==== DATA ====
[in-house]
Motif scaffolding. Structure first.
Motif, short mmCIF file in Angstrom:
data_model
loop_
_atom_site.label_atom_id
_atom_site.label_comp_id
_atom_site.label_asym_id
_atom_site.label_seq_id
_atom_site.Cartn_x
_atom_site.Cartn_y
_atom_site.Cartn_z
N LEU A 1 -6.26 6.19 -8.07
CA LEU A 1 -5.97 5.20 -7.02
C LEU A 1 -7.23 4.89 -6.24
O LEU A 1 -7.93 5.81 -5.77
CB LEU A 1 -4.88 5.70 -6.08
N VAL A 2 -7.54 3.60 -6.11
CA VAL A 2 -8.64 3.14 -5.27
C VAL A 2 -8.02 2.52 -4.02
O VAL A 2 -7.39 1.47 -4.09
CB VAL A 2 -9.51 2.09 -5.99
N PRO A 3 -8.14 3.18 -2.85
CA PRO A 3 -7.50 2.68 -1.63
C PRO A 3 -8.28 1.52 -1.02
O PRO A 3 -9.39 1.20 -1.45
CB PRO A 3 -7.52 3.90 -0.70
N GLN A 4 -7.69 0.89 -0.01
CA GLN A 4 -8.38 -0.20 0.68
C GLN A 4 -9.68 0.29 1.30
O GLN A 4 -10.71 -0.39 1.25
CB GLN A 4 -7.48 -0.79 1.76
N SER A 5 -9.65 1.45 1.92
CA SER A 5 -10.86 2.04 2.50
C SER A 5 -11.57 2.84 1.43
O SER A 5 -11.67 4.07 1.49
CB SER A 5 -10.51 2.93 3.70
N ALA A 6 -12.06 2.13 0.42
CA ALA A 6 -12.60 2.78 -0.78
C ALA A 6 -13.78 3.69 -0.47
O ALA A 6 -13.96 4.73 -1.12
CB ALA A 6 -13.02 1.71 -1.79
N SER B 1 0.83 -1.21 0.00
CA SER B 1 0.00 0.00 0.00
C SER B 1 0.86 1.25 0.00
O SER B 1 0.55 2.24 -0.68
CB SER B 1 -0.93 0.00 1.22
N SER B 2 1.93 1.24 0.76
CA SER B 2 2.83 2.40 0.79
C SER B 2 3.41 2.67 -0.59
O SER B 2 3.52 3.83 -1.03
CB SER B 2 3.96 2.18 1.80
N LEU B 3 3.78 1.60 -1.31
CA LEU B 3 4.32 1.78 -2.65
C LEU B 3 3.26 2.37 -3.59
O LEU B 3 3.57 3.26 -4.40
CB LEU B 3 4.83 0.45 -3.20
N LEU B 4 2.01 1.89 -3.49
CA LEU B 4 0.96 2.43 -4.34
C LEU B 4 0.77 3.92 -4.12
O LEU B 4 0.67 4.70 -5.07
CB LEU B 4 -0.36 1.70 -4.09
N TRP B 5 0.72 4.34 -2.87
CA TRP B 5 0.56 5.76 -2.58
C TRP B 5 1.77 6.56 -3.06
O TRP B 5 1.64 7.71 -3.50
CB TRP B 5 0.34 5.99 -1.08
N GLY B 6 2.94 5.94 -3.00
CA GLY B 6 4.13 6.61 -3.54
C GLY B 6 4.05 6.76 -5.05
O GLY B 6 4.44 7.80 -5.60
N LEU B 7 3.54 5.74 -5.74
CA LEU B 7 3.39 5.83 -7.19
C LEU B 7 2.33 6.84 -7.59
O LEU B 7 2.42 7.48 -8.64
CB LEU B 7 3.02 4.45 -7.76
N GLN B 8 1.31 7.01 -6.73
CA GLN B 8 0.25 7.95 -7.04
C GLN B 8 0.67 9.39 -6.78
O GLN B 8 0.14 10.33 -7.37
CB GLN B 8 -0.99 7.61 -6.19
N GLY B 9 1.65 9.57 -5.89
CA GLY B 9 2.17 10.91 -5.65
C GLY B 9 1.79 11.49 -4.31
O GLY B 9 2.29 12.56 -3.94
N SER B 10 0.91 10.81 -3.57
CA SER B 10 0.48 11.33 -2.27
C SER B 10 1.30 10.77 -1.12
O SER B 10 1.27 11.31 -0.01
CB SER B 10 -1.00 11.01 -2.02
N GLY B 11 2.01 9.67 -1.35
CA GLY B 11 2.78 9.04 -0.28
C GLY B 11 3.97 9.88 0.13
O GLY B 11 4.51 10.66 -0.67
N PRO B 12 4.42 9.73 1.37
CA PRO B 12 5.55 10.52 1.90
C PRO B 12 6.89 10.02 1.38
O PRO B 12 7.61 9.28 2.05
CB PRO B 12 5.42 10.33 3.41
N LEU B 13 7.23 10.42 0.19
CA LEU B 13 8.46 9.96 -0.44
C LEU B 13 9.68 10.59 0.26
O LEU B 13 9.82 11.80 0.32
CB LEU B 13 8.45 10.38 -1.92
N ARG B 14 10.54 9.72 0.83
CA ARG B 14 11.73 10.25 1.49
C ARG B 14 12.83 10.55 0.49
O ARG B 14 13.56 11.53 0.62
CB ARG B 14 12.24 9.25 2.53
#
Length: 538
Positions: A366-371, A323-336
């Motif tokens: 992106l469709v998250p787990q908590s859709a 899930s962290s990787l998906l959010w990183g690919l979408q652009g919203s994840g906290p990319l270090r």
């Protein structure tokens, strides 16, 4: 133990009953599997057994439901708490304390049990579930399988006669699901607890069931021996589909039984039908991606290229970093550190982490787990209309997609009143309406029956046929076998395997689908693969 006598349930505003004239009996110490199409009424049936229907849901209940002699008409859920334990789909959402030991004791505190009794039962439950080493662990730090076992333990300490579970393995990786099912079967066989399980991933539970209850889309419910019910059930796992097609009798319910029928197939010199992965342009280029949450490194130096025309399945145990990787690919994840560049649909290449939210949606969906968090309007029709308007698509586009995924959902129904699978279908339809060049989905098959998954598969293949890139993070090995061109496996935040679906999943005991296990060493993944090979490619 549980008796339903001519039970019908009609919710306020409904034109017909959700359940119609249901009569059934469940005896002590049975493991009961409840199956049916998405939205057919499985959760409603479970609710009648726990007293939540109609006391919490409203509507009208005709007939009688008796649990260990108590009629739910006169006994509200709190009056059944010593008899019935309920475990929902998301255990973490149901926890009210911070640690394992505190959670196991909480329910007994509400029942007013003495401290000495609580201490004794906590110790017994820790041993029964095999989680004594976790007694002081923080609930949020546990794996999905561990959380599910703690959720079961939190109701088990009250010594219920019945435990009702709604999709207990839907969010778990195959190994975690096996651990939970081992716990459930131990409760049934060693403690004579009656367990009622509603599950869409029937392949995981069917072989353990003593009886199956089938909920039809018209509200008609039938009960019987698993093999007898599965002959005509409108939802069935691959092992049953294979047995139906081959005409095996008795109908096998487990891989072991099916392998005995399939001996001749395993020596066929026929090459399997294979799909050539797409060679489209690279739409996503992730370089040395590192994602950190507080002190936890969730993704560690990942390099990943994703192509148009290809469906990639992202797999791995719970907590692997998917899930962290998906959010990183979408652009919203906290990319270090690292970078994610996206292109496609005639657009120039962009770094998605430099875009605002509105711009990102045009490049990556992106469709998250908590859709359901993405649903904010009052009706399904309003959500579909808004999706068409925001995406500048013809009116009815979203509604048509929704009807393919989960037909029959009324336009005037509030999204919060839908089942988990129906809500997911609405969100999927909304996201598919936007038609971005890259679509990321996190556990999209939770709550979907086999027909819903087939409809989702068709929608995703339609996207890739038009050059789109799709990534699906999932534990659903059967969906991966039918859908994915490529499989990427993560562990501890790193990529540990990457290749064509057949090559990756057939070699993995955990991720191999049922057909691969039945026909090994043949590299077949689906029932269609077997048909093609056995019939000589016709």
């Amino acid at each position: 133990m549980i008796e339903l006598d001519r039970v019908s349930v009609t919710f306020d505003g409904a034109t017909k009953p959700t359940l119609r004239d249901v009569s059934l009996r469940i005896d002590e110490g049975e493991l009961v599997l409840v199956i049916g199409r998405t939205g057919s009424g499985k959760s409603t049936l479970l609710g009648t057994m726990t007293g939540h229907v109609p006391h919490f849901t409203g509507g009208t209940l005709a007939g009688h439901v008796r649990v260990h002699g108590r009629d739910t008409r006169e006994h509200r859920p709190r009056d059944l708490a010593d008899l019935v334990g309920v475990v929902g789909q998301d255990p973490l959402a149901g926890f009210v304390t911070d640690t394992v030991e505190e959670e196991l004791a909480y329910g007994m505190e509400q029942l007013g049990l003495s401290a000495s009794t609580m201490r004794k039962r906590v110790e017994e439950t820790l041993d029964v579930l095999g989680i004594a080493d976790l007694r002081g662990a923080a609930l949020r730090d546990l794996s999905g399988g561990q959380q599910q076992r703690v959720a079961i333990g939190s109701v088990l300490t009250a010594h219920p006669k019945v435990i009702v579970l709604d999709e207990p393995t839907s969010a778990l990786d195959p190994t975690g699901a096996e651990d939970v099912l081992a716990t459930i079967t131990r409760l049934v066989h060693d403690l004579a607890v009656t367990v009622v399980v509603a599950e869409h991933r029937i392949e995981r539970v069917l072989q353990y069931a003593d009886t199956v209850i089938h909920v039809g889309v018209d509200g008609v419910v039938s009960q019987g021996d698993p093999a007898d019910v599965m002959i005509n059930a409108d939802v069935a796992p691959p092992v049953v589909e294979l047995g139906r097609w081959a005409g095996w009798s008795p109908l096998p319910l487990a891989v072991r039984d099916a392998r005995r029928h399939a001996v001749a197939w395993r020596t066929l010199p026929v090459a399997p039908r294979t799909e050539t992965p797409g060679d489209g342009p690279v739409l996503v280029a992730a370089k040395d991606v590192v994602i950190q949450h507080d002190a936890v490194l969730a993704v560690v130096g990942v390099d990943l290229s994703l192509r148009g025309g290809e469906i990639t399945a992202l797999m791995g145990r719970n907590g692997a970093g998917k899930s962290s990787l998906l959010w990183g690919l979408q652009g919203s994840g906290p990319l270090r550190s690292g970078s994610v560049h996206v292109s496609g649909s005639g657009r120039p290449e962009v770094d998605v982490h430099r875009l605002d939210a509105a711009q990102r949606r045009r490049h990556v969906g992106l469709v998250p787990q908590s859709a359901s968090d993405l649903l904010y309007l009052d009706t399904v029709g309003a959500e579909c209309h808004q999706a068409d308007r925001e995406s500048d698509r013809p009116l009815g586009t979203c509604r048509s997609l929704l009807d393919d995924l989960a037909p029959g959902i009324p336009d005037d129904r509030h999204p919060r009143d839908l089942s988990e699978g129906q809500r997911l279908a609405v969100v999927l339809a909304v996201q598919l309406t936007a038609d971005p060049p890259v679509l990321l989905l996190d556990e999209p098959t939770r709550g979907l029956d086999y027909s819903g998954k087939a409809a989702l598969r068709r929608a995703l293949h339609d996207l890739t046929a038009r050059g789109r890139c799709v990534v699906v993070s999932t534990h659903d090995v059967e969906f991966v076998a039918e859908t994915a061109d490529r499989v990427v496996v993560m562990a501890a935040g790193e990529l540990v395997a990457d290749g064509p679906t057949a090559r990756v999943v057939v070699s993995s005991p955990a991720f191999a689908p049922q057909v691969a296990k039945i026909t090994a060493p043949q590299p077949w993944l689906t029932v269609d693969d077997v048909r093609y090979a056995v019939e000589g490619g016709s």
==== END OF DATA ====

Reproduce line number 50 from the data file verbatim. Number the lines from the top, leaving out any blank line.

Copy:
C SER B 2 3.41 2.67 -0.59